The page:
The Lifegiving Home is a practical and inspiring collection, arranged month-by-month, of ideas which will help you to “creat[e] a place of belonging and becoming” for yourself, your family, your friends, and others with whom you share your home.
Sally Clarkson is so amazing in this book, and her other books, about helping women solidify their ideals and work toward establishing an atmosphere of safety and love where people can learn, grow, create, and build strong relationships. I am always encouraged after reading or listening to Sally (check out her “At Home With Sally” podcast; it’s great, too!).
This is not a book for everyone. However, if you love reading birth stories, have a large family or are curious about large families and their beliefs and practices, or are an “older” (mid-thirties and up) woman who is interested in having (or continuing to have) babies, then you will probably enjoy this book. The book is written from a religious standpoint, as is obvious from the subtitle: “Ten Ordinary Women Surrender to the Creator and Embrace Life.”
Each chapter in this book is written by a different woman who holds the conviction that God is sovereign over family size. For the most part, the women eschew all forms of birth control and have large families. Each woman shares about her family, including her and her husband’s reasons for allowing God to plan their family size, birth stories, and challenges and blessings that have come their way. Then, at the end of each chapter, each woman gives her answers for the same set of survey questions that was given to all of the book’s contributors.
I appreciate that the survey questions do not shy away from hard ethical issues, such as the increased risk of miscarriage and birth defects that older mothers face. I was encouraged by the strong faith and wisdom of each of the women in this book. The tone of the book is not preachy or prescriptive; it’s more “this is why we do what we do and how it has worked out for us.”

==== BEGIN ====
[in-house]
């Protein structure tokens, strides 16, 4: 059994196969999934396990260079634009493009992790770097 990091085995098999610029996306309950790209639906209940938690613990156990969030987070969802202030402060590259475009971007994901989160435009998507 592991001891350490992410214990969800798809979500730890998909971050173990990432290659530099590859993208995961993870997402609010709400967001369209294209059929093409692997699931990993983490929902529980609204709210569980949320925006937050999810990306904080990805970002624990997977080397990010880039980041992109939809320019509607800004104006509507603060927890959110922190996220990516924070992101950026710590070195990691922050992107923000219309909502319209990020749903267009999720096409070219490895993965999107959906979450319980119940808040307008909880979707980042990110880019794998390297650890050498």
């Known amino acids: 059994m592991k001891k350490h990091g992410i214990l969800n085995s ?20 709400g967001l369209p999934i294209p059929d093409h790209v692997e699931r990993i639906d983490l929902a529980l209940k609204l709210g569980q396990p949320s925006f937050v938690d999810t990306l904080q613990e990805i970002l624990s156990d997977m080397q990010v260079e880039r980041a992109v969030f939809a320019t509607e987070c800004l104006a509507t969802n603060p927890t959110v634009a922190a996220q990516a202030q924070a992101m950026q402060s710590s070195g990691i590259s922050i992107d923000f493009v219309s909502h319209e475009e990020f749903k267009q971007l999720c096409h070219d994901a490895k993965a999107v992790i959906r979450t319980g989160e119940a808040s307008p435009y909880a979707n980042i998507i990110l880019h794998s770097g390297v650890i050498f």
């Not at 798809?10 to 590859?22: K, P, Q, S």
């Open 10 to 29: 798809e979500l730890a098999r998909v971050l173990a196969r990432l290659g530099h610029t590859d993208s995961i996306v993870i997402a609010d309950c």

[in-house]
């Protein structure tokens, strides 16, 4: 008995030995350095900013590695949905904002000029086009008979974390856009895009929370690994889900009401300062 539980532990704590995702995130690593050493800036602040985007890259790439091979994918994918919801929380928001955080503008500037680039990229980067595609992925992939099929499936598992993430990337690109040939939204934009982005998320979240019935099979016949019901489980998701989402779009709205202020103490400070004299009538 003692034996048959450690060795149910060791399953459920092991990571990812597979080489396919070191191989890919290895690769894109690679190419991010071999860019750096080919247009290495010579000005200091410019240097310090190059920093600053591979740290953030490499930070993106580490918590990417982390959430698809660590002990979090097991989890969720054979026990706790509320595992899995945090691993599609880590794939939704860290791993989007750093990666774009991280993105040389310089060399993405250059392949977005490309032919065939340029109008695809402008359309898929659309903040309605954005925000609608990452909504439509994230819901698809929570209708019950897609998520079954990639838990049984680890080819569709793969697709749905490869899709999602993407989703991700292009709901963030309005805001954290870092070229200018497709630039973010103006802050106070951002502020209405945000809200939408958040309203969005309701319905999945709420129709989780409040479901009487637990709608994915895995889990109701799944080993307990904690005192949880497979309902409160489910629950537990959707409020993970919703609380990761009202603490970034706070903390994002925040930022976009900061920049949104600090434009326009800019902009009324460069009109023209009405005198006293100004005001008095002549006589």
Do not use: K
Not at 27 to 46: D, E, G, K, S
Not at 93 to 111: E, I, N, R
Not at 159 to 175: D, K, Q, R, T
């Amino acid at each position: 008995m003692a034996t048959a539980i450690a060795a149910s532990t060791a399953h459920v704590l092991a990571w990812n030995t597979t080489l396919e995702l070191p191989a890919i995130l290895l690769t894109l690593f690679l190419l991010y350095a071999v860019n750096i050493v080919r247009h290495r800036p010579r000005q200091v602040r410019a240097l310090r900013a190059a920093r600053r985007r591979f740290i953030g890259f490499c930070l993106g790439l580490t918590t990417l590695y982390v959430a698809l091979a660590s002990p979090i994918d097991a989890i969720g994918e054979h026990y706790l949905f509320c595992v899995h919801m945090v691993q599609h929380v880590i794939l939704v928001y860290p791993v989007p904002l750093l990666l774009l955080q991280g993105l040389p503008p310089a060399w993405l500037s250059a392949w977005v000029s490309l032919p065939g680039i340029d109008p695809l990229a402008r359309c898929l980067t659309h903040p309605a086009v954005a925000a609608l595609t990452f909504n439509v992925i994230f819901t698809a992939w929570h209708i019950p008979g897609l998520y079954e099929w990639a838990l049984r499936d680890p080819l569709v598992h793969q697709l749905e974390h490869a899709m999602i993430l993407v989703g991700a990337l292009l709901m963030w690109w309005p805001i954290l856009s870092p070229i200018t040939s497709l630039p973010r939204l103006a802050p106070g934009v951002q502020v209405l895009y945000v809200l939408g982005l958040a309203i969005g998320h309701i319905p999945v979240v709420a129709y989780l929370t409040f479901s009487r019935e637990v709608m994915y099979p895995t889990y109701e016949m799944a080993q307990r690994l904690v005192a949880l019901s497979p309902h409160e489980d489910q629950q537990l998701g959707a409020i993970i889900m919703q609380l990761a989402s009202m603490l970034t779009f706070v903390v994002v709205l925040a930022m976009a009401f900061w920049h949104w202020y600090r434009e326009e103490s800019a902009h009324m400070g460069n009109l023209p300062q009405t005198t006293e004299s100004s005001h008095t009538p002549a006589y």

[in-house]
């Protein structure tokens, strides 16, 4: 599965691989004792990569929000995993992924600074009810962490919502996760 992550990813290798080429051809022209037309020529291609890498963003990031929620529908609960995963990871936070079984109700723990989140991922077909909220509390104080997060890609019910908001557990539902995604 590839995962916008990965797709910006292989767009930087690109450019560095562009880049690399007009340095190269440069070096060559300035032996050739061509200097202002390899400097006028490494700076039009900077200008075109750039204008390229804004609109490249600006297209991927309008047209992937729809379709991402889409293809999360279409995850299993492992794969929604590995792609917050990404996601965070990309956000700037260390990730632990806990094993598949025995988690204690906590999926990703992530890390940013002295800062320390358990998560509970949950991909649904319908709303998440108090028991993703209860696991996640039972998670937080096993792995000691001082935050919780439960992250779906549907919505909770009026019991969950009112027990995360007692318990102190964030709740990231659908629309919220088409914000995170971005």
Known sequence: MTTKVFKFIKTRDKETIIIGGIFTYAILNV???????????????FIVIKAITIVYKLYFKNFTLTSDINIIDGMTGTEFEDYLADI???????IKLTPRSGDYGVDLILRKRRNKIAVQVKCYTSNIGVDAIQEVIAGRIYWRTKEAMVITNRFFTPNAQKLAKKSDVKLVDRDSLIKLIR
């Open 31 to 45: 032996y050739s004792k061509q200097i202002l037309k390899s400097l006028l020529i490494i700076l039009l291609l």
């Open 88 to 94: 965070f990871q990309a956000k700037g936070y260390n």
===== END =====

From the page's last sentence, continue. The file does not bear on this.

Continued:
The last two chapters of the book are full of practical advice about optimal nutrition for fertility and help for preventing and correcting physical challenges that some women experience during and after pregnancy.
As someone who “grew up” in church and accepted Christ as my Savior at a young age, it is especially interesting and powerful for me to hear the stories of how and why people from non-religious backgrounds decide to completely overhaul their lives in order to follow Christ. In her late 30’s, Rosaria Butterfield (then Champagne) made just such a costly choice. She renounced her life as (in her words) “a radical lesbian feminist professor” to become a Christian, and in so doing, she lost nearly everything that had ever mattered to her.
I was moved by Rosaria’s humility and courage, both in her initial decision for Christ and in the way she shares her story. Her love for and commitment to the Bible is evident. I appreciated her perspective on hospitality (hospitality is a major theme in this book), as that is an area I want to grow in.
Rosaria has also written a follow-up book entitled Openness Unhindered: Further Thoughts of an Unlikely Convert on Sexual Identity and Union with Christ, which I am planning to read soon.
I am marking The Secret Thoughts of an Unlikely Convert off as “a book by a Presbyterian” for the #VTReadingChallenge.
Posted in 2016 #VTReadingChallenge, Book Review
Tagged #VTReadingChallenge, book review, Christianity, conversion, gay, homosexuality, hospitality, lesbian, memoir, Presbyterian
To Jennifer Fulwiler, the concept of God was ridiculous…until it wasn’t. In this memoir of her conversion from atheism to Catholicism, Jennifer details how discovering the inaccuracies and inadequacies of her assumptions about the meaning of life nudged her into openness to belief in God. She also shares how God drew her, personally, to himself, by making his loving influence in her life so obvious that she could no longer resist or deny it.
I found this book to be very thoughtful and encouraging, and I recommend it. The only thing I didn’t like about it was that it needed better copy editing; there were a lot of distracting punctuation errors.
I am marking this off as “A book about joy or happiness” for the #VTReadingChallenge. (After all, the subtitle is “How I Passionately Sought Happiness and Accidentally Found It.”)